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President Niinistö: Turkey agrees to support Finnish, Swedish Nato bids

The announcement comes after Finland's President Sauli Niinistö and Swedish PM Magdalena Andersson met Turkish President Recep Tayyip Erdoğan in Madrid.

Finnish President Sauli Niinistö. Image: Markku Ulander / Lehtikuva

Turkey will back Finland and Sweden's applications to join the Nato alliance, according to a statement issued on Tuesday evening by the Office of President Sauli Niinistö.

The announcement comes after Niinistö, alongside Swedish Prime Minister Magdalena Andersson, met Turkish President Recep Tayyip Erdoğan on the sidelines of a Nato summit in Madrid to discuss Finland's and Sweden's stalled applications for Nato membership.

Finnish foreign minister Pekka Haavisto (Green) is also part of Finland's delegation.

"As a result of that meeting, our foreign ministers signed a trilateral memorandum which confirms that Türkiye will at the Madrid Summit this week support the invitation of Finland and Sweden to become members of Nato," the statement said, adding that the steps to accession will be agreed by the 30 current member countries of the alliance over the next two days.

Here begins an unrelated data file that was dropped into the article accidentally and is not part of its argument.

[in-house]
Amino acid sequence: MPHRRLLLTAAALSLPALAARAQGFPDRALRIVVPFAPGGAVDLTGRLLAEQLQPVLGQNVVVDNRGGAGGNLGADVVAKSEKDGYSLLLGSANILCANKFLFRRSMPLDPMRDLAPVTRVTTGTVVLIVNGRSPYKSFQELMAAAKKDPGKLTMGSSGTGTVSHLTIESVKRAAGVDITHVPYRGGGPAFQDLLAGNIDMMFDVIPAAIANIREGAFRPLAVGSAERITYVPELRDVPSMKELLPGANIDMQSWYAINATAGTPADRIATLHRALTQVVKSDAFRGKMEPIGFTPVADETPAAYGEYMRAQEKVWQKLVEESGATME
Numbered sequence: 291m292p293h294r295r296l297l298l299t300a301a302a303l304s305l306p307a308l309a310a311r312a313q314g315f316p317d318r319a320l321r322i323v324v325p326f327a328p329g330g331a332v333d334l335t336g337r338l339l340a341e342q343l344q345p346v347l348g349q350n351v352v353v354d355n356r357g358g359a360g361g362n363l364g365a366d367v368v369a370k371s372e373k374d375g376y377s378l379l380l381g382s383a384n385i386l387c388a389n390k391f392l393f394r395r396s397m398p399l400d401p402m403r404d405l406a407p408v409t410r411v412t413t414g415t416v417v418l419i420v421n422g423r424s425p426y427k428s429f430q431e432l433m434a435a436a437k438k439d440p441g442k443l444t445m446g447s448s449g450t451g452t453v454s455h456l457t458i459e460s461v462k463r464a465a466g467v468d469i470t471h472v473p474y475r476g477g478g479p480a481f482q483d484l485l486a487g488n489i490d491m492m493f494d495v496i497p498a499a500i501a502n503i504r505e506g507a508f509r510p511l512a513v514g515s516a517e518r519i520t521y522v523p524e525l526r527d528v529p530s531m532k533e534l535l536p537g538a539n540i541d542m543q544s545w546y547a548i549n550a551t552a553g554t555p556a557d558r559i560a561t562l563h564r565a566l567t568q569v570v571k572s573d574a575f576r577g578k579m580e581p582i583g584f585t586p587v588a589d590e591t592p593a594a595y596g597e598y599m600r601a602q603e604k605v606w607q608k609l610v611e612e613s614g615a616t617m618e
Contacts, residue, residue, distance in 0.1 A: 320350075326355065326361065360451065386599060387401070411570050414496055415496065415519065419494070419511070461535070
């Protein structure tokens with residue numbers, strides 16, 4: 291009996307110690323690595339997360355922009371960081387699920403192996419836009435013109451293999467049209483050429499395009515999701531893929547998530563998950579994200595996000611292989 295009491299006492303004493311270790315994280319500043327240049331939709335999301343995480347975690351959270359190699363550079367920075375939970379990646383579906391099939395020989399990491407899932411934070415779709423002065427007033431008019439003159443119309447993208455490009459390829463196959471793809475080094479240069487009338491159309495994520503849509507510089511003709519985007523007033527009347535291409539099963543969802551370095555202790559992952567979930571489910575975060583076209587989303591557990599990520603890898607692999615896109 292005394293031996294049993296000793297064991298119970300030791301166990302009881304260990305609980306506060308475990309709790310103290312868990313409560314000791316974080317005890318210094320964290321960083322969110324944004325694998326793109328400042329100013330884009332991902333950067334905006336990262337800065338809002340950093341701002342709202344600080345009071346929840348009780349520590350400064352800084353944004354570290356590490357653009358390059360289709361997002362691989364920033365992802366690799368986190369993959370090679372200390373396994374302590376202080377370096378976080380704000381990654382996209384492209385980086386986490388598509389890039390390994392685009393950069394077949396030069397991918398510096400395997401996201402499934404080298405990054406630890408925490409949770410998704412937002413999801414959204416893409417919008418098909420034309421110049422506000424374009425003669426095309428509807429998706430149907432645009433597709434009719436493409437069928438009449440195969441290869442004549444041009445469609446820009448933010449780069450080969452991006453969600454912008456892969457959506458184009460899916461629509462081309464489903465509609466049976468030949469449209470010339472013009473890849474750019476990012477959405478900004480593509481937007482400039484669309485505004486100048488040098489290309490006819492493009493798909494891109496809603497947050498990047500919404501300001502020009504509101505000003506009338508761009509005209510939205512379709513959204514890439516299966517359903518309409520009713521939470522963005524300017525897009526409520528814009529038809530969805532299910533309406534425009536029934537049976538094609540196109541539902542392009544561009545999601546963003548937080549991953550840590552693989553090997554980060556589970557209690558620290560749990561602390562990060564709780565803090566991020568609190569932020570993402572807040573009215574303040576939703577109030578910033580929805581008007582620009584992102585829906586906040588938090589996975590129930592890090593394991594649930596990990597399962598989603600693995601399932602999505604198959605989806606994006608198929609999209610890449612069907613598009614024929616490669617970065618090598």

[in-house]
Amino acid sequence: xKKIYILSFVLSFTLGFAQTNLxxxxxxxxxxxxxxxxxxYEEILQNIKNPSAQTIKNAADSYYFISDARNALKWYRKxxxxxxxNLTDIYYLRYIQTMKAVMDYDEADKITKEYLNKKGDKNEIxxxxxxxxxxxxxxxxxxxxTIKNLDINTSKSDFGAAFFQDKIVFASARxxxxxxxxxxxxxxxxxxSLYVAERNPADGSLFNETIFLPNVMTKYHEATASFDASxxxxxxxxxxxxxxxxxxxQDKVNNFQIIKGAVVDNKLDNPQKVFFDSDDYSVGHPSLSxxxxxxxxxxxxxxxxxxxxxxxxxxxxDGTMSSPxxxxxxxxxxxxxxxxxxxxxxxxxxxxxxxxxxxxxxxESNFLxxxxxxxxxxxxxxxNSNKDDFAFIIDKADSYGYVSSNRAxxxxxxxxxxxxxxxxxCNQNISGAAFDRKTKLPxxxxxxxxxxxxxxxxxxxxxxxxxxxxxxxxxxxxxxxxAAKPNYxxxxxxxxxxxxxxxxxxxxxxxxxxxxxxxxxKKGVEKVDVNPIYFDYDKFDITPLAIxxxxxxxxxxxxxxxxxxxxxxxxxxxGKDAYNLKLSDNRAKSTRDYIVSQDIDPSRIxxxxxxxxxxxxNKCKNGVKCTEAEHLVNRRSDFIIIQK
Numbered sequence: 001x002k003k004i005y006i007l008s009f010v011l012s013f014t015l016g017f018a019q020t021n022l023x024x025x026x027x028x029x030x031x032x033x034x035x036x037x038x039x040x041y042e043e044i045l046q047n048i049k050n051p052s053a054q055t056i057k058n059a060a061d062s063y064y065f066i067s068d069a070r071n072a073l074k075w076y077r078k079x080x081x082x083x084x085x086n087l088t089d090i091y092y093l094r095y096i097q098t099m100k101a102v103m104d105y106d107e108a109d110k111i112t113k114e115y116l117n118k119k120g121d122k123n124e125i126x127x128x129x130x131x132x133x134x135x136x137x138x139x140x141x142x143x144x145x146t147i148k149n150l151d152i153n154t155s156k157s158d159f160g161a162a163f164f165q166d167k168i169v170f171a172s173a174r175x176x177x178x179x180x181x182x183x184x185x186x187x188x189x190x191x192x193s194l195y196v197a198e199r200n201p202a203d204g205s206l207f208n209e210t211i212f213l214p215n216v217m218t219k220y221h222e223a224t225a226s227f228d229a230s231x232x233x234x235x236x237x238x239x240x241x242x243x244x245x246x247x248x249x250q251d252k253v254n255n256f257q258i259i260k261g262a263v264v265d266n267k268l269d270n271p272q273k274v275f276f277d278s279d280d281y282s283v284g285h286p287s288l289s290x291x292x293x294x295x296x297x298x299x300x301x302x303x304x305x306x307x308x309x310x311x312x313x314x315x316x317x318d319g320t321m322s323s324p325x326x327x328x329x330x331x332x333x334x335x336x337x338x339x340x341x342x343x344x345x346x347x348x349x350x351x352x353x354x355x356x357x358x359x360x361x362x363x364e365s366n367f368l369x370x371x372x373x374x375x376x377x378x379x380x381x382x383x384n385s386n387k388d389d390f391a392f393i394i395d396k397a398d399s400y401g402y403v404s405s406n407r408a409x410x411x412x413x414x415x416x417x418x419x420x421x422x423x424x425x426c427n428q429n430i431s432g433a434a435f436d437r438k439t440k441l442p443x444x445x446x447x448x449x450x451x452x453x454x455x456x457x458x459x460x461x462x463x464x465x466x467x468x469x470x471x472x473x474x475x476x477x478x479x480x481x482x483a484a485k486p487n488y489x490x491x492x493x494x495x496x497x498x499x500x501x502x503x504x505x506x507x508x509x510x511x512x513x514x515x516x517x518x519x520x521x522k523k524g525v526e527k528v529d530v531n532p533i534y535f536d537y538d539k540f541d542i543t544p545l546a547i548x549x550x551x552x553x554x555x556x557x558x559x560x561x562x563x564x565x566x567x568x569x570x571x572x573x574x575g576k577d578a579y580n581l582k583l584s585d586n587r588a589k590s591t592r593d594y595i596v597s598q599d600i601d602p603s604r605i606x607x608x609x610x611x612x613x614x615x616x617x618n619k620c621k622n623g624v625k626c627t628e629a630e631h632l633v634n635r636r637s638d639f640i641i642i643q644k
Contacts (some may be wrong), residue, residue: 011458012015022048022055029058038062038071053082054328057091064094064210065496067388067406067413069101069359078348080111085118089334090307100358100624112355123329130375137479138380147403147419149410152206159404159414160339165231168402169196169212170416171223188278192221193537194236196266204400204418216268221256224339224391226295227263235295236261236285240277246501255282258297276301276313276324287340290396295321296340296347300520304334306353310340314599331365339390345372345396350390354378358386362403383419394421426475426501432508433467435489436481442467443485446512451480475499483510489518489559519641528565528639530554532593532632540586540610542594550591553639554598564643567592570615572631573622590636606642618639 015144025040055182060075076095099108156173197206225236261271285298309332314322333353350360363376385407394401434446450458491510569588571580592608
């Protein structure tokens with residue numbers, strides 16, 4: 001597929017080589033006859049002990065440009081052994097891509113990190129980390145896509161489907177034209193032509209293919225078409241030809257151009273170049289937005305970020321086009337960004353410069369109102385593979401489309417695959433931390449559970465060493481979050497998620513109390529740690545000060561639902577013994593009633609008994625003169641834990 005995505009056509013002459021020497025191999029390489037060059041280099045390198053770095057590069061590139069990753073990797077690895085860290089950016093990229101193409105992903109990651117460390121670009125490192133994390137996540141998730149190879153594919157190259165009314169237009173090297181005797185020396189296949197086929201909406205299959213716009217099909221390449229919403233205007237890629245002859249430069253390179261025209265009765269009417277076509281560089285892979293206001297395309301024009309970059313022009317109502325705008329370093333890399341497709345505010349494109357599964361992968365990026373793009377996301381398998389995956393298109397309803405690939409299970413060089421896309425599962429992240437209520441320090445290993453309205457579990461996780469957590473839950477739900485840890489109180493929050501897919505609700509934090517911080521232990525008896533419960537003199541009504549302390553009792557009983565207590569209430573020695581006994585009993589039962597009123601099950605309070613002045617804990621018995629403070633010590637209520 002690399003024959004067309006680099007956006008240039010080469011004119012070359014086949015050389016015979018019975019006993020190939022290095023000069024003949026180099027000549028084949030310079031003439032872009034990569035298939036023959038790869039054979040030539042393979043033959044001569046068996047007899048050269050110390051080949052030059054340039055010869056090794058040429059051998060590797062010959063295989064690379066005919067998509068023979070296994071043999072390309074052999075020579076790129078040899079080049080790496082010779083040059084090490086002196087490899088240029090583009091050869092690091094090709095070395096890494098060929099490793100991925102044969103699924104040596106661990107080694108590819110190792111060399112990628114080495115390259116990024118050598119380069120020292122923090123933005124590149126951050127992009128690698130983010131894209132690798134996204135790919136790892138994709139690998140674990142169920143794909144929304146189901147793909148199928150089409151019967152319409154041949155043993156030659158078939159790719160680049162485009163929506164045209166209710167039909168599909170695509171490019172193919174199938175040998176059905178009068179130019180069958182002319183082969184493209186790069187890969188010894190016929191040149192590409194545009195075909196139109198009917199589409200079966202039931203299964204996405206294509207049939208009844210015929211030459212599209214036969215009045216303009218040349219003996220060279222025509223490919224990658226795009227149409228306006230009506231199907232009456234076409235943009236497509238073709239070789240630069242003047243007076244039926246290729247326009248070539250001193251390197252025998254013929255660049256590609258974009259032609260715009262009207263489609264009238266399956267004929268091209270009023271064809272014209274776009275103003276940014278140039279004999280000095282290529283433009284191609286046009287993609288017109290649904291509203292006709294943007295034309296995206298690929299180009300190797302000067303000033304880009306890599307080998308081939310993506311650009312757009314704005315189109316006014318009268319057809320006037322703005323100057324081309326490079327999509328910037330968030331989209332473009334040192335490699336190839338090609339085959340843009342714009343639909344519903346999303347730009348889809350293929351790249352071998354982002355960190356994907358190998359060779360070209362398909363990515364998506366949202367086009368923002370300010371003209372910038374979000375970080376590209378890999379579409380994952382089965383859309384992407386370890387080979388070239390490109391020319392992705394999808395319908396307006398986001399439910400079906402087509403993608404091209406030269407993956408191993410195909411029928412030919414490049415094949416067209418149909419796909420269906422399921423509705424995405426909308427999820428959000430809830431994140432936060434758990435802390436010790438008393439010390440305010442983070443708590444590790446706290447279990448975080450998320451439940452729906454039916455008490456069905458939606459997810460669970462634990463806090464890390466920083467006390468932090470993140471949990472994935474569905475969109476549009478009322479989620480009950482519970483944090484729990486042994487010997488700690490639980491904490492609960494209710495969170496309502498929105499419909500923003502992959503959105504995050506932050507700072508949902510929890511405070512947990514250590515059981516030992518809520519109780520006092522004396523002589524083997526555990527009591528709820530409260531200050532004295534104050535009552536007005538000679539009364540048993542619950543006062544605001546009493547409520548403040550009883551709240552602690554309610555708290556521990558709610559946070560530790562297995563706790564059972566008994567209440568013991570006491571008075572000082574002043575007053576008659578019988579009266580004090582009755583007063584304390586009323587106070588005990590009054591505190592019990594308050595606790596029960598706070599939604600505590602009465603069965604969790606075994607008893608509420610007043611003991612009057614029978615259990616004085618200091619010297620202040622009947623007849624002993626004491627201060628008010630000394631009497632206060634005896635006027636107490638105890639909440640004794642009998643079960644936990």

The agreement was confirmed by Nato Secretary General Jens Stoltenberg, who told reporters that Turkey's concerns over Finnish and Swedish membership had now been addressed.

"I am pleased to announce that we now have an agreement that paves the way for Finland and Sweden to join Nato," Stoltenberg said.

Due to extended discussions, the president's press briefing was hours later than scheduled.

In May, after the Nordic countries submitted their respective applications to the military alliance, Erdoğan halted the process, accusing the nations of "protecting terrorists," issuing a list of demands that needed to be met before it would allow the applications to proceed.

The application process requires unanimous approval from all 30 of the alliance's member countries. To date, Turkey is the sole Nato member which has pushed back on Finland's and Sweden's applications.

Tripartite document

According to Finnish daily Helsingin Sanomat, Finnish, Swedish and Turkish leaders formulated a tripartite document that addresses Turkey's concerns, following recent diplomatic discussions.

Just ahead of Tuesday's meeting, Niinistö said he was neither optimistic nor pessimistic about the situation, adding that it was most important to get negotiations started.

Finland's and Sweden's Nato membership applications are not on the meeting's official agenda, and the three day summit will cover several other matters, including plans to further support Ukraine in its defence against Russia's ongoing invasion.

At the summit, Nato members will adopt a new 10-year strategic concept, a document defining security challenges the alliance faces and also outlines the political and military efforts needed to address those issues.